Ned Johnson, SVP, Director, Project Management, GTB
As a project manager, I have managed countless projects and have had purview over hundreds of others in various management positions I have held. But when looking back, just a handful of projects come to mind when there was that palpable sense of team. In those cases, it was simple to recognize that this group of people think about team first, would do anything for each other and are really focused on project success.
What is that intangible, elusive thing that changes just a cross-discipline group of people assigned to a project into a cohesive unit with a shared sense of purpose? There is no easy answer to that question, but I believe what separates average project managers from great project managers is their ability to drive that transformation.
Building a winning team as a project manager is hard. Our days are often filled with budgets, planning, contracts, resourcing, mitigating risks, status, reporting, and keeping stakeholders informed and at bay. Prioritizing the hard work of team building over the activities of the day isn’t easy.
Research confirms that not enough project managers are focusing on team building and also that there is a skill gap in our ability to be team builders. In a Project Management Journal study by Tippett, D. D. & Peters, J. F. entitled, “Team building and project management, how are we doing,” which polled over 1,500 project team members covering 134 separate projects, two findings surfaced that should cause those in the project management industry to pause.
The first, stating, “A significant group reported that their project managers lacked some of the essential skills or training needed to be effective team builders,” points to the lack of attention we pay to training project managers on basic team building skills. The second point highlights that effective communication - a cornerstone of quality project management and a must if you hope to create a sense of team on the project - is often lacking. It states, “... team members seemed to lack a basic understanding of how their portions of the project fit into the total project picture, and how their contributions are important to overall project success.”
Finally, their work concludes that “the implementation of an effective team building process in a project management environment will measurably reduce schedule delays and cost overruns, improve the quality of work and team morale, and increase the productivity and skill level of the team.”
Own the role as a team building project manager and always strive to be seen that way by your project teams
If the above evidence wasn’t enough, another PMI study by Edward, Kinlaw and Kinlaw entitled “Developing Superior Projects Teams,” which surveyed over 2,000 NASA project team members, concluded “there is almost total agreement among the project team members and leaders interviewed that the role of PM determines how well project teams develop.”
The research tells us that too many project managers lack true team building skills and at the same time, our teams are counting on us to be that leader. The reality is that the percentage of time project managers devote to building the team is minuscule when it should be a key focus.
Our excuses as to why we avoid being team builders first are plentiful. Often our team members are stressed and encumbered by competing priorities making the path of least resistance for the project manager to simply make sure everyone knows their tasks, ask them for status once a week and leave them alone. Too frequently, right from the early stages of a project, the tone of the team members is one of just getting by instead of excelling. Tell-tale signs of this mood are comments like, “I can’t do my part until they get their stuff in order.” Or any cadre of “can’t,” “won’t be able to,” or generally negative comments.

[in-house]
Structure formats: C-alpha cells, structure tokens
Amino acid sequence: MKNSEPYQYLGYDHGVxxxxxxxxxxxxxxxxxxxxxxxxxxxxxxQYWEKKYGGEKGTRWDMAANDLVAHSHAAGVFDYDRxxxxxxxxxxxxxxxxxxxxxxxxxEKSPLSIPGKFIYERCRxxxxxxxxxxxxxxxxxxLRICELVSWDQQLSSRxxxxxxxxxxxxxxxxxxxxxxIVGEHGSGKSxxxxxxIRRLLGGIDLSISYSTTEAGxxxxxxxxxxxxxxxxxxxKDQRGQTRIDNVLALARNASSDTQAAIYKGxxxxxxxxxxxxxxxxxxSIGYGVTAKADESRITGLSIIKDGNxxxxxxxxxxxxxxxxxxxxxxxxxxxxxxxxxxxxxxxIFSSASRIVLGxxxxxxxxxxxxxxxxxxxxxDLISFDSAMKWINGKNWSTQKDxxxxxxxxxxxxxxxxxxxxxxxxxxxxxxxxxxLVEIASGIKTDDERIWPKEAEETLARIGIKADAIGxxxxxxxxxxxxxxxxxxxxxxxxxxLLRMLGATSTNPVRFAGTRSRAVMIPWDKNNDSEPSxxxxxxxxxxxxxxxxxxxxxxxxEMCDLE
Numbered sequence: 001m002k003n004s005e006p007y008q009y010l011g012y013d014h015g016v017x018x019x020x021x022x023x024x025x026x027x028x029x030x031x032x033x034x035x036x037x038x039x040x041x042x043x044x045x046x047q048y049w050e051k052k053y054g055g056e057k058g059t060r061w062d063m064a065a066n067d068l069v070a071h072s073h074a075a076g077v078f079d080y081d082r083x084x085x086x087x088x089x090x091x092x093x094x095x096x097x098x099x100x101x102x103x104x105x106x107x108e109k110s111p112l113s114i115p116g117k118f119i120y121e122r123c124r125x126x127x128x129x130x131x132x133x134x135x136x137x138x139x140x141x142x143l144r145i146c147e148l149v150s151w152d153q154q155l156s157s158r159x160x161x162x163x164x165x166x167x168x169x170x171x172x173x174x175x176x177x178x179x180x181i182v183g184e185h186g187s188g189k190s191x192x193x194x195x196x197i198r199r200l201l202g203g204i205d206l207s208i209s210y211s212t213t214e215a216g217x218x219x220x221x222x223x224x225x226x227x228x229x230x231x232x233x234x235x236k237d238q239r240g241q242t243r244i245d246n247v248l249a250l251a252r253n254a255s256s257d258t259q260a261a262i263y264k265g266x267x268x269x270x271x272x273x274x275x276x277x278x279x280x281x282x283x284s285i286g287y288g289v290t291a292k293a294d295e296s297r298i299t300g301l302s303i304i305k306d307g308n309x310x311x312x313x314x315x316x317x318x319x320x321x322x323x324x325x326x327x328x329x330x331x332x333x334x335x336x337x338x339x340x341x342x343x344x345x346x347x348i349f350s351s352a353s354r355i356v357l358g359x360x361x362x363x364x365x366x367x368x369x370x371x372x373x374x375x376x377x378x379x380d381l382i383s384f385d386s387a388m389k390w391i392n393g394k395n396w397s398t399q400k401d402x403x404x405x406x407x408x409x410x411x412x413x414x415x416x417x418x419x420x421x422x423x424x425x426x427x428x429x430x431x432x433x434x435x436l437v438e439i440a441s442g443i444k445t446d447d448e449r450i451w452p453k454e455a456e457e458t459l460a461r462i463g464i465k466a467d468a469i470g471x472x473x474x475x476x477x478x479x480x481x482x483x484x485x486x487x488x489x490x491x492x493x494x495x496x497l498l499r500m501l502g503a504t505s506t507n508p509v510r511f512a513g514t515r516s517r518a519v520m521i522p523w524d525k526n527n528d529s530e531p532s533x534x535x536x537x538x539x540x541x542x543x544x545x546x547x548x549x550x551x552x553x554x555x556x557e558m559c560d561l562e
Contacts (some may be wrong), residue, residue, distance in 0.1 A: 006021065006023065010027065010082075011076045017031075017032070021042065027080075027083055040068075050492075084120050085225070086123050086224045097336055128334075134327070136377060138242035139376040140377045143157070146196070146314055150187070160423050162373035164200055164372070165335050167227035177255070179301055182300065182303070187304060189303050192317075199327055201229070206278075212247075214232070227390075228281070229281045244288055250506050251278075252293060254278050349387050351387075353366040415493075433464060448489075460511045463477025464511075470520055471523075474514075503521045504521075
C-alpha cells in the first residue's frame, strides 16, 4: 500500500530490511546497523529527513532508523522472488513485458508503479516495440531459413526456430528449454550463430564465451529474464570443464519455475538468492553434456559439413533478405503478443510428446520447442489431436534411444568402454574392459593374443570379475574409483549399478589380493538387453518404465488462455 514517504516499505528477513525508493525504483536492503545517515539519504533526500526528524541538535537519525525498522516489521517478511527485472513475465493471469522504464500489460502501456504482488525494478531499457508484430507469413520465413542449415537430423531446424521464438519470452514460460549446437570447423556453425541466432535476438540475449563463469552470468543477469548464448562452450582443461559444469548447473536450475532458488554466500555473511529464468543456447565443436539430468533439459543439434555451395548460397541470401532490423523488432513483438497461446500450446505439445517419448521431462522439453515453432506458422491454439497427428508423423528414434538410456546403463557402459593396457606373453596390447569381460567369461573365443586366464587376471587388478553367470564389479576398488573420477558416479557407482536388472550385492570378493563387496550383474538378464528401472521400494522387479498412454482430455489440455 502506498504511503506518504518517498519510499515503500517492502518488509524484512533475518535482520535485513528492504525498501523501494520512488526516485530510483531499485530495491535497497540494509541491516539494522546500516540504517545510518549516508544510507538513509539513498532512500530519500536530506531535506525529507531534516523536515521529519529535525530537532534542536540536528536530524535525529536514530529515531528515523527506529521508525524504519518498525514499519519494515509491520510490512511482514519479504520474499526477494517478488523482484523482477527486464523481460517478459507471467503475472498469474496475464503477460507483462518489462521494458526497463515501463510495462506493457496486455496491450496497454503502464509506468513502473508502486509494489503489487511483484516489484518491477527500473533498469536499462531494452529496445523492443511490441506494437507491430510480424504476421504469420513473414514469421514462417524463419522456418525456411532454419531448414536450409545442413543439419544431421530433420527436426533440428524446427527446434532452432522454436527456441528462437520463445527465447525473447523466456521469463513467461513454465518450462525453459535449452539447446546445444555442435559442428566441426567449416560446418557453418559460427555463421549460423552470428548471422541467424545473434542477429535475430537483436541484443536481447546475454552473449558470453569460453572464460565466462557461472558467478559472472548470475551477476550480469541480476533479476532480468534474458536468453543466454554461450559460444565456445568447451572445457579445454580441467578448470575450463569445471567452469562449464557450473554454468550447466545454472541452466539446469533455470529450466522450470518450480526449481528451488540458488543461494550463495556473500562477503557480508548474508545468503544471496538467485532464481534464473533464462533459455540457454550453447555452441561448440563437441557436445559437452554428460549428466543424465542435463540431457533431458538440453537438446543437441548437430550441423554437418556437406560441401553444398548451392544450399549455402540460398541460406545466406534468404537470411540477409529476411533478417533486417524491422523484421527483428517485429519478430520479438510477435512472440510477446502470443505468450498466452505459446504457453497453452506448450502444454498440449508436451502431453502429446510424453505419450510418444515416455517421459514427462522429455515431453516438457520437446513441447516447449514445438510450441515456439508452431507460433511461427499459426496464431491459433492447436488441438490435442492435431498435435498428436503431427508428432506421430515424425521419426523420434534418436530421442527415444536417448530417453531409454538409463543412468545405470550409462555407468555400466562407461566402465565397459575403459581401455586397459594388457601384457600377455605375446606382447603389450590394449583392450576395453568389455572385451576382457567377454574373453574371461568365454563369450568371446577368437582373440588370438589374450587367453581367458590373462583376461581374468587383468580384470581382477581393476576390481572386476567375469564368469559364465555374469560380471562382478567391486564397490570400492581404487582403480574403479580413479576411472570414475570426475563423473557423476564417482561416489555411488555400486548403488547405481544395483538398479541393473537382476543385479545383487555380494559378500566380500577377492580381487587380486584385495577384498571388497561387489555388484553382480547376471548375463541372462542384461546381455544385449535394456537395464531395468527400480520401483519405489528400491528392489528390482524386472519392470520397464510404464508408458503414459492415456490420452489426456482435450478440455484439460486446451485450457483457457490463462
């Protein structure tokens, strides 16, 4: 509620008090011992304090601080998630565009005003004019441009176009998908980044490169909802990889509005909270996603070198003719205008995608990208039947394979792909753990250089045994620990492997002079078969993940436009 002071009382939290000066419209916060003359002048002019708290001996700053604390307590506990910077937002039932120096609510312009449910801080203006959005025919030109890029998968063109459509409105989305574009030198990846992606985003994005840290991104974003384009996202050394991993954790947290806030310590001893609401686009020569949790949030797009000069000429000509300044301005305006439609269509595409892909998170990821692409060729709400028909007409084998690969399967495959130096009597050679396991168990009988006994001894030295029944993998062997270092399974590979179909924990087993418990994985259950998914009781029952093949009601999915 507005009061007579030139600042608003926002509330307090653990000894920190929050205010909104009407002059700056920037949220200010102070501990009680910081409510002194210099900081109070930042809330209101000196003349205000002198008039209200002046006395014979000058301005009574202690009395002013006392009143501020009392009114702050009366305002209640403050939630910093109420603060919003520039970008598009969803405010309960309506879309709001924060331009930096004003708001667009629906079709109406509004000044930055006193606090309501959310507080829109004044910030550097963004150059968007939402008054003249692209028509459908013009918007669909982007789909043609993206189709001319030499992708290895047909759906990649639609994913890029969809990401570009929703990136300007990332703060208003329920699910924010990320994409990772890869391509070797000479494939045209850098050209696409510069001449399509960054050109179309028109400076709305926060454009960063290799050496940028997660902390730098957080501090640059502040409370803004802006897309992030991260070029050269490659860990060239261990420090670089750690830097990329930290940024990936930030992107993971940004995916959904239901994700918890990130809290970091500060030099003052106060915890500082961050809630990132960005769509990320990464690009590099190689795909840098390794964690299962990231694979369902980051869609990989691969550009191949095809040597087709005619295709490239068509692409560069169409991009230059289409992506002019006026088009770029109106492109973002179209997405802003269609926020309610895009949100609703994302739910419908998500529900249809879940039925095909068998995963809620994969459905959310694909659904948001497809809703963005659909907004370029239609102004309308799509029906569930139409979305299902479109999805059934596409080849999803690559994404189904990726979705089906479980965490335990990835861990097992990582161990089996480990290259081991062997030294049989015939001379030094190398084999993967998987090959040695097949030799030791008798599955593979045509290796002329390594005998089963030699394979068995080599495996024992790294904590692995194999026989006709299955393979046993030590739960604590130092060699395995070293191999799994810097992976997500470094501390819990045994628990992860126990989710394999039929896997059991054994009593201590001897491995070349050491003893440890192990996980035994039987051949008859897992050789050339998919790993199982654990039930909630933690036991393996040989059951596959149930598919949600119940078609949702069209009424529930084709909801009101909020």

Getting a group of talented people assigned to a project may be easy, but it is clear that turning that group of individuals into a high performing team is another story.
The first step in building that winning team is to understand, acknowledge, and embrace the fact that your job as a project manager is to create a sense of shared purpose, camaraderie, and a focus on results. Whether they vocalize it or not, your team is counting on you to do that.
Next, dedicate time and resources in your plan for team development. If there are other parts of the project that aren’t clearly planned, do they have a chance at succeeding? Therefore, add and highlight team building into your plan. There is no shortage of literature on team building techniques or the characteristics of highly effective teams, so project managers should learn a few of the basics and plan accordingly in their projects.
In addition, project managers should set expectations early that one of your goals as the project manager is to build cohesiveness among the group. Don’t be afraid to highlight your views around acting as a team and not just a group of individuals. Let the group know that team building is important to you, the success of the project, and will lead to a more fulfilling experience in the end.
Finally, ensure everyone on the team understands the important role every other member plays. Developing this mutual understanding of roles and responsibilities starts to build a sense connection between people and a desire to not let one another down. Activities like team-based project road mapping workshops, which are often used in agile run projects, are very effective at the beginning this process.
In the end, being a project team-builder is much more difficult but much more fulfilling than being only a project manager. Own the role as a team building project manager and always strive to be seen that way by your project teams.